Latest Trends That Are Changing the Contours of Beer Market in Korea
Anti-Graft Law: The Anti-Graft Law was put into effect in 2016, and in turn, doing business through heavy drinking at karaoke bars was quickly replaced by a light drinking culture of having a pint of beer after work. Public servants, whose heavy drinking culture after work involved soju, a Korean traditional liquor, and hard liquor, were heavily affected by this new regulation, and underwent a dramatic lifestyle change to drinking a pint of beer alone at home to avoid breaking this newly established law.
Hon-Sul/Home-Sul: Those in their 20s and 30s are increasingly enjoying drinking alone (Hon-Sul), or buying canned/bottled beers from convenient stores nearby to consume at home alone (Home-Sul). Imported beers have shown a particularly strong growth in these retail channels, as people are now able to easily access imported beer sold at discounted prices.
Beer Delivery: Food delivery service is an important aspect of F&B business in Korea. In line with this culture, Veluga launched a home delivery service for imported/craft beers. It delivers different craft beer products twice a month, and this has been particularly popular amongst the ‘Hon-Sul’ population.
Preference for Low ABV Alcohol: Beer in Korea used to be a mixer product to be consumed together with soju. This meant that the flavour of beer was not important. However, growing drinking population of younger generation and women increased the demand for more flavourful alcohol with diverse flavours such as fruit-flavoured soju, which became popular amongst women and the younger generation. Beer companies are working to apply this trend to their products.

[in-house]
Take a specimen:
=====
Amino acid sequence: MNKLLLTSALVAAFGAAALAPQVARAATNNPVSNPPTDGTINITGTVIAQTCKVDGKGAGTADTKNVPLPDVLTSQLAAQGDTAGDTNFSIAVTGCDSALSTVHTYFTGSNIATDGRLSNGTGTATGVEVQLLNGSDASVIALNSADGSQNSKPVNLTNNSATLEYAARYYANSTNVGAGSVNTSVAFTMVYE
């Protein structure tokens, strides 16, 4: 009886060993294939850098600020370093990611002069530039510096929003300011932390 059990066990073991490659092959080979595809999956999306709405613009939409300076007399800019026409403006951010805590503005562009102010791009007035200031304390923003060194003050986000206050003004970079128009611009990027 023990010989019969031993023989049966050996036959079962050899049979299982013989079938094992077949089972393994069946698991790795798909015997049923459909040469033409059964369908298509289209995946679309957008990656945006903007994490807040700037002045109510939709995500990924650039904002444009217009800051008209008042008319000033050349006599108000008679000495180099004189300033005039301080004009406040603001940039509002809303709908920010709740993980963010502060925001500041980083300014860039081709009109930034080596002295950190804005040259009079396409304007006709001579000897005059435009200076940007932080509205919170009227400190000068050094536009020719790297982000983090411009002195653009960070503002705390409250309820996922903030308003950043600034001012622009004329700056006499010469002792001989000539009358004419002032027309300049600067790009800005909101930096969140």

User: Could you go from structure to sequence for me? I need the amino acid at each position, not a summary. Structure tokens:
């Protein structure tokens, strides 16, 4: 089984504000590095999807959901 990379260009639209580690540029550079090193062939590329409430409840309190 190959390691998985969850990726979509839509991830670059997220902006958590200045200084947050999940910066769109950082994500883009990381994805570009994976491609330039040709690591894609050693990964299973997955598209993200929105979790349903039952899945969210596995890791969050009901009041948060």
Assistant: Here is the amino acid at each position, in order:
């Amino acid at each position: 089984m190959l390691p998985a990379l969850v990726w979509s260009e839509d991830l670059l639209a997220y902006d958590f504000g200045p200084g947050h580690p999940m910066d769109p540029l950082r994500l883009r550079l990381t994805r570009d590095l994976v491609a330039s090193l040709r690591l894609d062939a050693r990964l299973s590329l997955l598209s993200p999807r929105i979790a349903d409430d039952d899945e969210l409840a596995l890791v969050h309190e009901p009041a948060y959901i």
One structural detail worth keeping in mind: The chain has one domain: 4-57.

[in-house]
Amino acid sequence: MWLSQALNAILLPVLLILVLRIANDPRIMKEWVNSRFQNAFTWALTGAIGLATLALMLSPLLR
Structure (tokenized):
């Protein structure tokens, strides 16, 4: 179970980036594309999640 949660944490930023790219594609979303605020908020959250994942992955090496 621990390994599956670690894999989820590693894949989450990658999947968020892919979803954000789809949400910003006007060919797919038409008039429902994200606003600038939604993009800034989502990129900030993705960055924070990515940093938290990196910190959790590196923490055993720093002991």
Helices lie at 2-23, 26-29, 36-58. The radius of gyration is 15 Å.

Food Pairing: Food pairing with different alcoholic products is a crucial element in the Korean beer market, as people enjoy a specific beer brand that goes well with a specific food. To exemplify this, currently the best-selling imported beer in Korea is Tsingtao Beer from China. It achieved its success despite Chinese beer not being popularly recognised globally as the best quality beer manufacturer. This is largely due to active marketing through food pairing with lamb stick barbeque which has traditionally been a popular street food in China and has also become quite prevalent in Korea. People often associate eating lamb sticks with Tsingtao Beer in Korea and, subsequently, huge consumption of Tsingtao Beer was achieved through this. The most recent trend is to have different craft beer products with authentic western pizza, and various craft beer brands have been able to grow through actively pursuing this opportunity.